Synopsis: An exploration of Australian bushranger Ned Kelly and his gang as they attempt to evade authorities during the 1870s.
Stars: George MacKay, Essie Davis, Nicholas Hoult, Orlando Schwerdt, Thomasin McKenzie, Sean Keenan, Charlie Hunnam, Russell Crowe
Director: Justin Kurzel
Running Length: 124 minutes
TMMM Score: (7.5/10)
Review: Over the past years writing reviews for this blog, it’s been well-documented that I don’t always keep up with my history lessons but I have a feeling I could be forgiven for not being as up to date as I could be on the Australian outlaw Ned Kelly. Though he’s a divisive figure in his native land, a folk hero to some and a murderous villain to others, he’s not as well-known here, only making his mark in various forms of media over the last century. Though 2003’s Ned Kelly starred the late Heath Ledger as the titular character and featured Orlando Bloom as his right-hand man Joseph Byrne, it didn’t connect with audiences and wouldn’t rank high on either actor’s roster of credits.
While many historical records are available to put together a fairly accurate account of Kelly’s life starting in the rugged outback until his death at the end of a hangman’s noose before he turned 30, director Jed Kurzel (Macbeth) takes a different, more controversial approach to his telling. Working with screenwriter Shaun Grant, he’s adapted Peter Carey’s celebrated 2000 novel True History of the Kelly Gang which is largely (and proudly) a work of make-believe that mostly follows Kelly’s life but takes certain liberties along the way. The novel created a ruckus from Kelly naysayers who were dismayed another work glorifying his crimes became so popular and enticed others open to the history books being cleverly reworked.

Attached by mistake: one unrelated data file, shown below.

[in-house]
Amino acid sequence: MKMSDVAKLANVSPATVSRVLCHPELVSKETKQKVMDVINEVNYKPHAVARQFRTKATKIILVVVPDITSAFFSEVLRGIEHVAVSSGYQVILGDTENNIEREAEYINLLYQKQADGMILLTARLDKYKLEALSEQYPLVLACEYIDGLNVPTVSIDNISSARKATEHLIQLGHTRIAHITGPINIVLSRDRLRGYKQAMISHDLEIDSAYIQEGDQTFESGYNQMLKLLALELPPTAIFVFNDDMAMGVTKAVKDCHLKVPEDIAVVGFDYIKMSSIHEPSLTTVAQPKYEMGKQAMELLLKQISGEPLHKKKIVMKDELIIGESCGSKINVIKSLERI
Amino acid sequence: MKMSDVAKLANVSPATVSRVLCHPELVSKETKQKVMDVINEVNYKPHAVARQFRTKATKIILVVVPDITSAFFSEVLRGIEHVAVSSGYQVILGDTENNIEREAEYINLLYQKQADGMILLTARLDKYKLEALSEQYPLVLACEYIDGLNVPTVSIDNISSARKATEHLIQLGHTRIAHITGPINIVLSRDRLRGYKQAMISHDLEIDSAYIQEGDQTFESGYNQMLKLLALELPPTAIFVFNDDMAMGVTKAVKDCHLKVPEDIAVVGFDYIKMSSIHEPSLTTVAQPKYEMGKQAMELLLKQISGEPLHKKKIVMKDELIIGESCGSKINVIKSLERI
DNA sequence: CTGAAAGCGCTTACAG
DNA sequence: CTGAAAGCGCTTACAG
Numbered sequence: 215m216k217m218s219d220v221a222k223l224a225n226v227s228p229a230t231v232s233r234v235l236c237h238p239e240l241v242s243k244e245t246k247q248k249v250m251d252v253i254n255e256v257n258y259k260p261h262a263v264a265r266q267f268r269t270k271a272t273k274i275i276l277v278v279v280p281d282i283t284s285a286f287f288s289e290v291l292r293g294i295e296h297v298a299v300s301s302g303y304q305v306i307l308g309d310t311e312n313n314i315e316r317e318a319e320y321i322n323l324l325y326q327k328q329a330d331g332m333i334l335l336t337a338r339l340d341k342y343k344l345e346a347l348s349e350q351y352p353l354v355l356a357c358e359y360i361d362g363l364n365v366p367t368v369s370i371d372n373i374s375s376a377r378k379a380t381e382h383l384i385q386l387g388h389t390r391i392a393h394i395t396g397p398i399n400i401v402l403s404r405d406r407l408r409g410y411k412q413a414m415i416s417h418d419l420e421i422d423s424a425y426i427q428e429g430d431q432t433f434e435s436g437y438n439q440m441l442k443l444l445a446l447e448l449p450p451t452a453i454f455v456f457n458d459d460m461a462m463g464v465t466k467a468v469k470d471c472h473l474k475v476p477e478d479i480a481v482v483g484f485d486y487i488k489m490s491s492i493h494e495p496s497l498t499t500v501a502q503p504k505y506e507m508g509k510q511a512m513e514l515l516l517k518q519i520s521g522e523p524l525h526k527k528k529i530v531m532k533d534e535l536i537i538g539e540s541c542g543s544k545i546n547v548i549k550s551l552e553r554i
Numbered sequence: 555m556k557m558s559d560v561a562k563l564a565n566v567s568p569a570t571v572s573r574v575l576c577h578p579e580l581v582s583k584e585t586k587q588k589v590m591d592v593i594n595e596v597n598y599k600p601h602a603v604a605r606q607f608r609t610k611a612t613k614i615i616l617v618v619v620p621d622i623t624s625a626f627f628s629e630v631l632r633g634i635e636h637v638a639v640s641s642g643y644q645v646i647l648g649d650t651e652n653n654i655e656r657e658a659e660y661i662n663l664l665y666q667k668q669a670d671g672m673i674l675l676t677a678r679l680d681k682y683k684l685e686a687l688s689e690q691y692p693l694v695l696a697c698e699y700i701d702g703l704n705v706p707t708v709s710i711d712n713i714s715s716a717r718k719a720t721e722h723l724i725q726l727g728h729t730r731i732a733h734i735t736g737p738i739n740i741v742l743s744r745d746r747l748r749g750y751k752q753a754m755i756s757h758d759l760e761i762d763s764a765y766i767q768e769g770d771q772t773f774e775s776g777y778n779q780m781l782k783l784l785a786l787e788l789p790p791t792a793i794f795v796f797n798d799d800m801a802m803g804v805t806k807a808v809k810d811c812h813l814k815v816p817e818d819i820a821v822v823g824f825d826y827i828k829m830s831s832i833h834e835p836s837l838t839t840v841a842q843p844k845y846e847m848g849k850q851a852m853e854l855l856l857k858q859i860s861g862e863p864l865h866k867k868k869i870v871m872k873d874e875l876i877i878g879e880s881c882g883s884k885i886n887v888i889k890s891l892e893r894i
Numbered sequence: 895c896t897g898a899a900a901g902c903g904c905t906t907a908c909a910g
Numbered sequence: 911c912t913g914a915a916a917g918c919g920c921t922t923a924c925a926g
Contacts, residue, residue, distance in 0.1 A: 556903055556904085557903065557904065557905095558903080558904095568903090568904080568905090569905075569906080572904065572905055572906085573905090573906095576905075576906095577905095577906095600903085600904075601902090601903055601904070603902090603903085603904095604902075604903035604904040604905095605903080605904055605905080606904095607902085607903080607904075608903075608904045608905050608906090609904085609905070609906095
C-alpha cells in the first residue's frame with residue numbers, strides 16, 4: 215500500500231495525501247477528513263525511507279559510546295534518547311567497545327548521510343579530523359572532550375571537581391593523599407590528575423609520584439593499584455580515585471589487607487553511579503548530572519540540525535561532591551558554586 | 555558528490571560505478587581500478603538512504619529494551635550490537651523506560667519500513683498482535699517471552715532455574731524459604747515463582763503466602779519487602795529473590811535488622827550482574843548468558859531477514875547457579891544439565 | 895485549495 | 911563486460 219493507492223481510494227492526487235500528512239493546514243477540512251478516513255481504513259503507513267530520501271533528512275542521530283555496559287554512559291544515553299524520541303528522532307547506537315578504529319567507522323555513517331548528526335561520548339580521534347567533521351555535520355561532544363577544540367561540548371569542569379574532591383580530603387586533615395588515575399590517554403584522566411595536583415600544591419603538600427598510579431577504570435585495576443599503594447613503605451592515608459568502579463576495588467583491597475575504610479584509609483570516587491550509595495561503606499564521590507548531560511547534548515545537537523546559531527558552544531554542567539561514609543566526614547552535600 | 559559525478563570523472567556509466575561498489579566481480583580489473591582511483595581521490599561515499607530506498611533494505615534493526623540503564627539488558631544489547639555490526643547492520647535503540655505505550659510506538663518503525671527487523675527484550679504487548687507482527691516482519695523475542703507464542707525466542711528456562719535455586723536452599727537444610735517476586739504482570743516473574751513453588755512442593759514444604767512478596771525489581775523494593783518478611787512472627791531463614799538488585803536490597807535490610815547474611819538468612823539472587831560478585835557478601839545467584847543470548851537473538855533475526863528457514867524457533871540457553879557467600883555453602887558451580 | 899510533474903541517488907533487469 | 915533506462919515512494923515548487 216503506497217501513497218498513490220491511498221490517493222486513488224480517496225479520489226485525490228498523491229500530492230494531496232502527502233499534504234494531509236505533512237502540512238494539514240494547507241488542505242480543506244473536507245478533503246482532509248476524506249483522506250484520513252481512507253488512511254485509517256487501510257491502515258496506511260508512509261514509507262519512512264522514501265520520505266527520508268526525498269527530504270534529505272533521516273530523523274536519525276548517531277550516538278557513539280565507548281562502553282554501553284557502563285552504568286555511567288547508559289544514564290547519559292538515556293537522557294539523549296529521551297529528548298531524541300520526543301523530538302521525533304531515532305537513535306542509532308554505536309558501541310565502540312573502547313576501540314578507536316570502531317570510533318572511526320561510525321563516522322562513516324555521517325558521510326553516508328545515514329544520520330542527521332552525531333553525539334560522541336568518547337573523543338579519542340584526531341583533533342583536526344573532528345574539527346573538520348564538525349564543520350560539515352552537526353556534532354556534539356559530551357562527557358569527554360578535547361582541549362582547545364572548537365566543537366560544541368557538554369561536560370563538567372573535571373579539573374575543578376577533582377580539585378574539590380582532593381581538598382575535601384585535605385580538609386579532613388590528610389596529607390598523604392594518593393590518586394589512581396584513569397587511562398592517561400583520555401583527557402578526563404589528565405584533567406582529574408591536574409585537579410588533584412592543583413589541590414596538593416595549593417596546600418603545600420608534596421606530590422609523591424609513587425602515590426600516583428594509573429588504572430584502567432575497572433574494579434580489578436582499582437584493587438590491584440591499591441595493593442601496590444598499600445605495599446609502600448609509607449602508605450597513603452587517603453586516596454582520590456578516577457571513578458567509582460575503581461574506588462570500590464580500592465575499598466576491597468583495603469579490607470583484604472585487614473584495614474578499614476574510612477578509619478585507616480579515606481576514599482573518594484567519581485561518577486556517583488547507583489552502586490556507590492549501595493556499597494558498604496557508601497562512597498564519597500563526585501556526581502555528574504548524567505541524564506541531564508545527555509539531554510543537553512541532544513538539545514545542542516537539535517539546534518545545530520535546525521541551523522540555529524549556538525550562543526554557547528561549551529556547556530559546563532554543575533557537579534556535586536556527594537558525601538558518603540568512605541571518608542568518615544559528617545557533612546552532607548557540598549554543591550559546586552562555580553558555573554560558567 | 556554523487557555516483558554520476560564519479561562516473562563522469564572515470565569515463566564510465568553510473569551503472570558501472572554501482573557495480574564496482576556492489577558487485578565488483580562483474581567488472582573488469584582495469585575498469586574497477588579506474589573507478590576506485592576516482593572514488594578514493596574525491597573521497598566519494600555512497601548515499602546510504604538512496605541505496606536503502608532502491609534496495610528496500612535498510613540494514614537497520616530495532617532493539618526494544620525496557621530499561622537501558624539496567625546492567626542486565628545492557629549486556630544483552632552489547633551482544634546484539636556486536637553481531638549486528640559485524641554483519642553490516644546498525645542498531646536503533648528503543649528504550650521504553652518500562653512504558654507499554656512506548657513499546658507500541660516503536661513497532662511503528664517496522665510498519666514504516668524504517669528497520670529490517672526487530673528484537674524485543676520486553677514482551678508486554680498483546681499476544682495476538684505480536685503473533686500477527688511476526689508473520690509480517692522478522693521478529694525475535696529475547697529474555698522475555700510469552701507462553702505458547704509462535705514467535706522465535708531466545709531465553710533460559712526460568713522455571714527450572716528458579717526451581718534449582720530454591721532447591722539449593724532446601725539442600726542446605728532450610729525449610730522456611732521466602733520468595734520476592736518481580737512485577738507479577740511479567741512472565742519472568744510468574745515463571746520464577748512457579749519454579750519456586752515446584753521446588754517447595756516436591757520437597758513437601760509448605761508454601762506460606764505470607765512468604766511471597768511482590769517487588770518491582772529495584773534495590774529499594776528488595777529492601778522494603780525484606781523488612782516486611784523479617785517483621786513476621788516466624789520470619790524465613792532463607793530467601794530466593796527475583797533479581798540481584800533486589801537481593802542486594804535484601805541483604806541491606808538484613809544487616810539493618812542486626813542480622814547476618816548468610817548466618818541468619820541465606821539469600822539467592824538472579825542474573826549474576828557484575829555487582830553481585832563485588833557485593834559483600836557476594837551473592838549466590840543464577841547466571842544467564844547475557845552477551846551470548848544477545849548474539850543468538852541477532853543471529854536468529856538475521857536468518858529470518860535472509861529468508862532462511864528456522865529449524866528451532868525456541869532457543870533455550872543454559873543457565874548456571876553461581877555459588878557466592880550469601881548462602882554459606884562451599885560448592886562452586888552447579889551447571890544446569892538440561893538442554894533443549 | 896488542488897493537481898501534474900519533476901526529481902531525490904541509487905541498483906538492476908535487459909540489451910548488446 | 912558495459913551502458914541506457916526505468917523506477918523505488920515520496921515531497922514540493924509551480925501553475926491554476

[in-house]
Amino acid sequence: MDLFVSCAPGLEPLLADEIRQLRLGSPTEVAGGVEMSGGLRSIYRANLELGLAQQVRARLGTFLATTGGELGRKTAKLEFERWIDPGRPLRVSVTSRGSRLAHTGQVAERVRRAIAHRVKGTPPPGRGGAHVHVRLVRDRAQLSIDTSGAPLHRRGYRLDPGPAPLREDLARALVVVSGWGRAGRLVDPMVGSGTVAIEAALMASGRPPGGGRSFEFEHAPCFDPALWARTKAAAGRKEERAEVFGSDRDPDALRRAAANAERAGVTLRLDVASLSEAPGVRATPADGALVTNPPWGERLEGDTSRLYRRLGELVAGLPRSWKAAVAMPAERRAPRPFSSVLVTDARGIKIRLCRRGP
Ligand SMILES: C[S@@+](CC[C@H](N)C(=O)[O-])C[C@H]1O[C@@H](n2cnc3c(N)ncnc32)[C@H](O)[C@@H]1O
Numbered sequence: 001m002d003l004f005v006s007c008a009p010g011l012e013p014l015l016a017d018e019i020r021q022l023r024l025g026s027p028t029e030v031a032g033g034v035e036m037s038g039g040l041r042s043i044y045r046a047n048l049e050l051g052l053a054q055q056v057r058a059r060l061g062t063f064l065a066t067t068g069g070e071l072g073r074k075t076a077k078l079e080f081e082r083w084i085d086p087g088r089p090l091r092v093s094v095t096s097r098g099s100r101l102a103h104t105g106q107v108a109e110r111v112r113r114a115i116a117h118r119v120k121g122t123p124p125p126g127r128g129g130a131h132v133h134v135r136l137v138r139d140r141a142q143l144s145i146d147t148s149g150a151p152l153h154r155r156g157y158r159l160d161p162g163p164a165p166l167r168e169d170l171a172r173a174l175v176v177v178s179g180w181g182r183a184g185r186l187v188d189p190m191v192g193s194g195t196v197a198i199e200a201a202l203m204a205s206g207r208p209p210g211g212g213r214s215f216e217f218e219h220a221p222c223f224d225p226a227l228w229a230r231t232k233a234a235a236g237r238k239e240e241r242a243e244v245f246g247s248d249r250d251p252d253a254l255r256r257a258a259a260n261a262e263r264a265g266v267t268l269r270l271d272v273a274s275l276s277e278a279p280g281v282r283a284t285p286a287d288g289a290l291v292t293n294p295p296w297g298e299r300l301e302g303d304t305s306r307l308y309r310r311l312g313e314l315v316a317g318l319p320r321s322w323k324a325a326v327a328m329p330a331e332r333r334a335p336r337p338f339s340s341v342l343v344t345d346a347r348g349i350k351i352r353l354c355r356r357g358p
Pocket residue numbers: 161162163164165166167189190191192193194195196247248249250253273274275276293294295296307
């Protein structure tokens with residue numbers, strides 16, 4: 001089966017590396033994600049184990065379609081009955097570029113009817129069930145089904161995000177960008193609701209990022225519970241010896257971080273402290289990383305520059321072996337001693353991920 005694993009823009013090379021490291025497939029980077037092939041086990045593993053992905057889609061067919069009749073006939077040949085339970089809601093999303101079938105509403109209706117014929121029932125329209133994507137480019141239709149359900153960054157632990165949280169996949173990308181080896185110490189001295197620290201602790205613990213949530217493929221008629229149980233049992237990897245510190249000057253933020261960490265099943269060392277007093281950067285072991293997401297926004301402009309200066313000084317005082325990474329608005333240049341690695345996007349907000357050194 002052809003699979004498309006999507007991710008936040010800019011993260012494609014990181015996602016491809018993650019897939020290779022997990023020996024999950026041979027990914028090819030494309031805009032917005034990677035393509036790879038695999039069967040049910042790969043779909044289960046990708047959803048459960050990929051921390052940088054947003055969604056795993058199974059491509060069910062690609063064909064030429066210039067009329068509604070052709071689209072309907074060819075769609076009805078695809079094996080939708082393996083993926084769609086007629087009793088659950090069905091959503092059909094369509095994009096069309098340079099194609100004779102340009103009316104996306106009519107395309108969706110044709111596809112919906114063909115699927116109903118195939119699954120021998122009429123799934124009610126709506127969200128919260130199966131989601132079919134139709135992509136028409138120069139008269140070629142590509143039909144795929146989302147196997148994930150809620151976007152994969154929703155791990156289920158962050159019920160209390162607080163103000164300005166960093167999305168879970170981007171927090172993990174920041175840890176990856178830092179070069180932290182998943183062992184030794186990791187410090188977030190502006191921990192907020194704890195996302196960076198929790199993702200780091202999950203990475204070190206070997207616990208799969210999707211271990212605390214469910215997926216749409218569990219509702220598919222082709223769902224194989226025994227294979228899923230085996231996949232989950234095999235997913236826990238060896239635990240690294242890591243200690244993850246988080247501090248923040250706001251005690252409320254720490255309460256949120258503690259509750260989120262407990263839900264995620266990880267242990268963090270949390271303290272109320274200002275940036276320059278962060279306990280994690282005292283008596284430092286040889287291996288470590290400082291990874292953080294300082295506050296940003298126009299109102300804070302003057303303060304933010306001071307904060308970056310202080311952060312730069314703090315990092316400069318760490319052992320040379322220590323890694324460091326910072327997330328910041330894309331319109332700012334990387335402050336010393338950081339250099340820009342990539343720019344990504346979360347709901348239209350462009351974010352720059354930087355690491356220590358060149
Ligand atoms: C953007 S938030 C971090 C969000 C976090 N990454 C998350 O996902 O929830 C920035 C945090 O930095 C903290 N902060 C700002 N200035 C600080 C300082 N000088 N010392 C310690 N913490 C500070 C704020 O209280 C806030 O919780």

The resulting film Kurzel has made from this work is having the same effect and that almost instantly makes it something to seek out so you can decide for yourself. Here is a bold movie that shouldn’t be taken as the final word on anything Kelly related, especially because it says from the beginning that none of what audiences are about to see is true. Instead, it invites the viewer to ponder how the story could unfold if the man himself were sitting in front of you telling it. What would he leave out? What would he embellish?